The increase in Chinese influence in the Pacific through aid, diplomacy, political relationships, cultural and educational engagements and other forms of “soft power” approaches has affected regional security dynamics significantly.
In response to this, the “western” powers have in recent years formulated various strategies with the hope of keeping Chinese influence at bay.
Obama’s approach was based on the “pivot to Asia-Pacific” as a way of building a strategic buffer against the Chinese Belt and Road initiative in the Asia-Pacific region. Australia’s “Step-up” policy was aimed at intensifying its engagement with Pacific Island countries to keep them out of China’s influence. This was also the intent of New Zealand’s “Reset” policy, but recently, there was a shift towards the “Resilience” approach with its focus on climate issues and sustainability, and away from the anti-China security paranoia.
As the Chinese influence in the region intensifies, the US has resorted to the Cold War tactic of forging strategic networks, this time in the form of the Indo-Pacific alliance. This alliance has two components. The first is what has been referred to as the QUAD, which consists of the US, Australia, Japan and India to create a circle of containment around China’s Belt and Road initiative in the Pacific and Indian Ocean.
The second is referred to as AUKUS (Australia, United Kingdom and the US) and is very much a club of Anglosphere countries. AUKUS contains provisions for Australia to purchase up to eight nuclear power submarines. This has been criticised for undermining the spirit of the Rarotonga Treaty as well as contributing to nuclear militarisation and heightening tension in the region.
Compared to New Zealand, which has an independent foreign policy stance, Australia’s strategy, supported by its conservative thinktanks, is strongly integrated into the US security sphere and mimics the US ideological stance in a “monkey-see, monkey-do” way.
New Zealand should keep away from AUKUS if it is to maintain its global credibility as an independent sovereign state.
Because both the QUAD and AUKUS alliances are Trojan horses for US global strategic interests, their relevance and usefulness for Pacific Island countries need serious scrutiny. They have nothing to do with the security interests of the Pacific Island countries.
As a legitimising exercise to mobilise support for the Indo-Pacific discourse, Pacific leaders were invited by Biden to a summit in Washington where they were promised US$810 million in aid as well as the return of the USAID office in Fiji for the Pacific and the opening of US embassies in the Solomon Islands and Tonga.
This is part of the geopolitical game of chequebook diplomacy and strategic leveraging to trap small states in a “you-choose-our-side” binary power game.
Towards an independent Pacific voice
During the Washington summit, President Biden told the Pacific Island leaders: “The security of America, quite frankly, and the world depends on your security, and the security of the Pacific Islands.”
Really? US and global security depends on Pacific security? Since when? This is an amazing misrepresentation of the security realities and power structures in the world, not because the US believes in the primacy of Pacific Island security, but for the simple purpose of securing their loyalty and support.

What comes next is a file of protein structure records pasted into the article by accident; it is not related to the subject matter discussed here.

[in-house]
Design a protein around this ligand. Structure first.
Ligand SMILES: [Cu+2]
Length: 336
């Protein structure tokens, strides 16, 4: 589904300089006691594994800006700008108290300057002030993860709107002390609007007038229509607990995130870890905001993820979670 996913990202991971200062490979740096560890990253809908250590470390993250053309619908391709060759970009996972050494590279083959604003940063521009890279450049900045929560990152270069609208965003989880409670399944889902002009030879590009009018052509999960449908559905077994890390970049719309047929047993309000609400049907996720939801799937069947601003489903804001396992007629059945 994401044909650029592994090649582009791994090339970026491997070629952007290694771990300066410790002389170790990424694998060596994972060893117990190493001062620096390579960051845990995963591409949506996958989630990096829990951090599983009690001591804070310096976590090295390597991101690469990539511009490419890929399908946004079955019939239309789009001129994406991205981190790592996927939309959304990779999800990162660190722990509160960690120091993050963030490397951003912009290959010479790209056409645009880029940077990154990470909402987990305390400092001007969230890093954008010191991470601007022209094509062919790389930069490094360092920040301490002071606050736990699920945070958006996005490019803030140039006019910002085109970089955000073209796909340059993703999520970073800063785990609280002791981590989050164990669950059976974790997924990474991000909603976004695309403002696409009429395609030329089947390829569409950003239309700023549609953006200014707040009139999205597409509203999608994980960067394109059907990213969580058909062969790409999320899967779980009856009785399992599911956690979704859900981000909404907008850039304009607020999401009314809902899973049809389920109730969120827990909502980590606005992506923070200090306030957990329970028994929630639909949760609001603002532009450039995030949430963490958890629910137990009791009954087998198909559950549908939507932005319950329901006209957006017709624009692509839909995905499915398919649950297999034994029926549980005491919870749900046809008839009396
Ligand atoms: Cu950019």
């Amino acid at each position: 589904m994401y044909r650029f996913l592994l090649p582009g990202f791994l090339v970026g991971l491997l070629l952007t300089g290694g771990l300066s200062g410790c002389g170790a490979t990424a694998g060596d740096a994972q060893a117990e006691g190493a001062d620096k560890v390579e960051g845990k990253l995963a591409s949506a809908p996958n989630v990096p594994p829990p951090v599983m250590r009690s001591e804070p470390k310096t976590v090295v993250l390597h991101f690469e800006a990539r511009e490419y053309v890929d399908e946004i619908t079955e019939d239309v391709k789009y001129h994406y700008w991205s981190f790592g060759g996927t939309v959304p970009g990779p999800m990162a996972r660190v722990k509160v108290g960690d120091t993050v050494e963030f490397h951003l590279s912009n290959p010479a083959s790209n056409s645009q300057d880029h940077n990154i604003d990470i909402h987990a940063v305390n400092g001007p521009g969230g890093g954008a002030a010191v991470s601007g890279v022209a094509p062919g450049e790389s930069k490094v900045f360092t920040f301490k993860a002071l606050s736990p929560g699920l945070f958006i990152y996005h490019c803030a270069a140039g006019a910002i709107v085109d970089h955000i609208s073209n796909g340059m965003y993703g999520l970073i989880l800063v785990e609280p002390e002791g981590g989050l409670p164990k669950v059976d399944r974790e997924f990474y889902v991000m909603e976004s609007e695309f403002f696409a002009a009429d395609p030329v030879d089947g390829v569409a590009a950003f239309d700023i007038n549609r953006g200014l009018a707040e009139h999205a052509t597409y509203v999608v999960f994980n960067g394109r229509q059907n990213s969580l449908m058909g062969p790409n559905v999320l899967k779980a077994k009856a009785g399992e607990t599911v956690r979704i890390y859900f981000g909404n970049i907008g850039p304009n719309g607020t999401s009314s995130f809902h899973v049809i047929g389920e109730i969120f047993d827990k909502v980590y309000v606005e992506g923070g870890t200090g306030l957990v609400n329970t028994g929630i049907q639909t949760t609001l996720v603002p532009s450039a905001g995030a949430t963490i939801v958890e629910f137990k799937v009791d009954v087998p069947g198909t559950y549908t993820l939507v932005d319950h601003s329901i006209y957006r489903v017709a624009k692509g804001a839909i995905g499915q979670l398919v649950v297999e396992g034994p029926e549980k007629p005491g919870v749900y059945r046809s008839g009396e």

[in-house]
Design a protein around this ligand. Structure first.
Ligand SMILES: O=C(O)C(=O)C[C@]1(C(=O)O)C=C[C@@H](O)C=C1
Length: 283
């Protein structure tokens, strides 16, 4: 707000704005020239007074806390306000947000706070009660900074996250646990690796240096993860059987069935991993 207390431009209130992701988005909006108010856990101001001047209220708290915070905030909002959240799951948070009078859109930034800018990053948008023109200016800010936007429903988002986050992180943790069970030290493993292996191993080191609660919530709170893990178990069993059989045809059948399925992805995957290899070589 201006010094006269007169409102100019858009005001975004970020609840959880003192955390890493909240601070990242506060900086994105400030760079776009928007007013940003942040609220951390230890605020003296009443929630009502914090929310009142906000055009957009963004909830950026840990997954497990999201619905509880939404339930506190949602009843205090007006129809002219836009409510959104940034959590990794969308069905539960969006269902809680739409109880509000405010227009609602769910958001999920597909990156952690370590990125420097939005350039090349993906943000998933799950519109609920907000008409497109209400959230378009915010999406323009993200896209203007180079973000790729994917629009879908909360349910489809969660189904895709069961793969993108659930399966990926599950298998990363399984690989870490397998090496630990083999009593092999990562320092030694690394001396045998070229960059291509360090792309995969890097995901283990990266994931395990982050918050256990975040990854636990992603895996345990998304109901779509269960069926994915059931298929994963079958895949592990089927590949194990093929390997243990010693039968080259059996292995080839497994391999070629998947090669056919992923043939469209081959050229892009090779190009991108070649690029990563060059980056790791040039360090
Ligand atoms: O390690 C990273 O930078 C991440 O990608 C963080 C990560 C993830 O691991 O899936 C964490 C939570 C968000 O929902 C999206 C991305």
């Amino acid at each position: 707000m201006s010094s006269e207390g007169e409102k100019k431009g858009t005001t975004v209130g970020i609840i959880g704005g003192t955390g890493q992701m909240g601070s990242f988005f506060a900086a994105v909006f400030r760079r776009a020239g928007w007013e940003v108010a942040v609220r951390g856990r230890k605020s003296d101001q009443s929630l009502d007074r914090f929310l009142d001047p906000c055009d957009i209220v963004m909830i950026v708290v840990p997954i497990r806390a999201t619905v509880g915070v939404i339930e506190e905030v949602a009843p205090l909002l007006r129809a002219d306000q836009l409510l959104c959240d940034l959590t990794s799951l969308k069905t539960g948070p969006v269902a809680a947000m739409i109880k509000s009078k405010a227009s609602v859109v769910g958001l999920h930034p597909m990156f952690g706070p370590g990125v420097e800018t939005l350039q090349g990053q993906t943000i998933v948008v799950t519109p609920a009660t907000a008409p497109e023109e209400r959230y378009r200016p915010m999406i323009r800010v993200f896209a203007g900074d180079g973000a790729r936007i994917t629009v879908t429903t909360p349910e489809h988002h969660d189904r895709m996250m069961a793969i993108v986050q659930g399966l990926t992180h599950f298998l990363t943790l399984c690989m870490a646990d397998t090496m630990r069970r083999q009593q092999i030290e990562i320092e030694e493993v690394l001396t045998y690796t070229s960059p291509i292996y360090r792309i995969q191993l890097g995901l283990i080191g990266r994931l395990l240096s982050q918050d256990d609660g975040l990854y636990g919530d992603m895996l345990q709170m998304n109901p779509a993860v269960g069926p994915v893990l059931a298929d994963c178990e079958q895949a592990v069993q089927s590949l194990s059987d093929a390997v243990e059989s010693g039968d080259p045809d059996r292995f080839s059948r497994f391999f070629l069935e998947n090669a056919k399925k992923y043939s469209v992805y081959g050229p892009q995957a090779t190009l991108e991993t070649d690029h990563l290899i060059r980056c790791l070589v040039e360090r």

The big powers (both US and China) are playing the old diplomatic and strategic game of sausage-factory politics where aid and political leveraging tactics are used to link up and absorb smaller states into their ideological orbit and sphere of influence. This isn’t because they want to help Pacific Island countries to advance their wellbeing and security, as they state in their diplomatic narratives. Never! It’s simply because they want to use them as a strategic buffer against their adversaries, whether it be China or the US.
This is why President Biden was meant to stop over in Port Moresby, Papua New Guinea, on May 22, in between attending the G7 meeting in Japan and the Indo-Pacific meeting in Australia (which he also missed). The power of the US dollars and the almighty semi-divine imagery of the US president (the most powerful man on earth, as they say) were the main attractions and pulling factors.
For Pacific Island countries, the best way forward is not to be strategically aligned with any side but to maintain a sense of strategic and political independence to be able to benefit financially, culturally and politically from all sides.
The Pacific needs an independent collective voice. The oppositional, vindictive and toxic nature of the geopolitical contest isn’t in their best interests. In fact, it will draw them unnecessarily into the deep vortex of insecurity and uncertainty.
As the text of an ancient African idiom advises: “When two elephants fight, the grass suffers.”
Steven Ratuva is an award-winning interdisciplinary Fijian scholar. He is Distinguished Professor and Pro-Vice Chancellor Pacific at the University of Canterbury, and the director of the Macmillan Brown Centre for Pacific Studies. He also chairs the International Political Science Association research committee on climate security and planetary politics, and has other international, regional and national research leadership roles.
The opinions expressed in these articles don’t express the views of the University of Canterbury.
Thank you for reading E-Tangata. If you like our focus on Māori and Pasifika stories, interviews, and commentary, we need your help. Our content takes skill, long hours and hard work. But we're a small team and not-for-profit, so we need the support of our readers to keep going.
If you support our kaupapa and want to see us continue, please consider making a one-off donation or contributing $5 or $10 a month.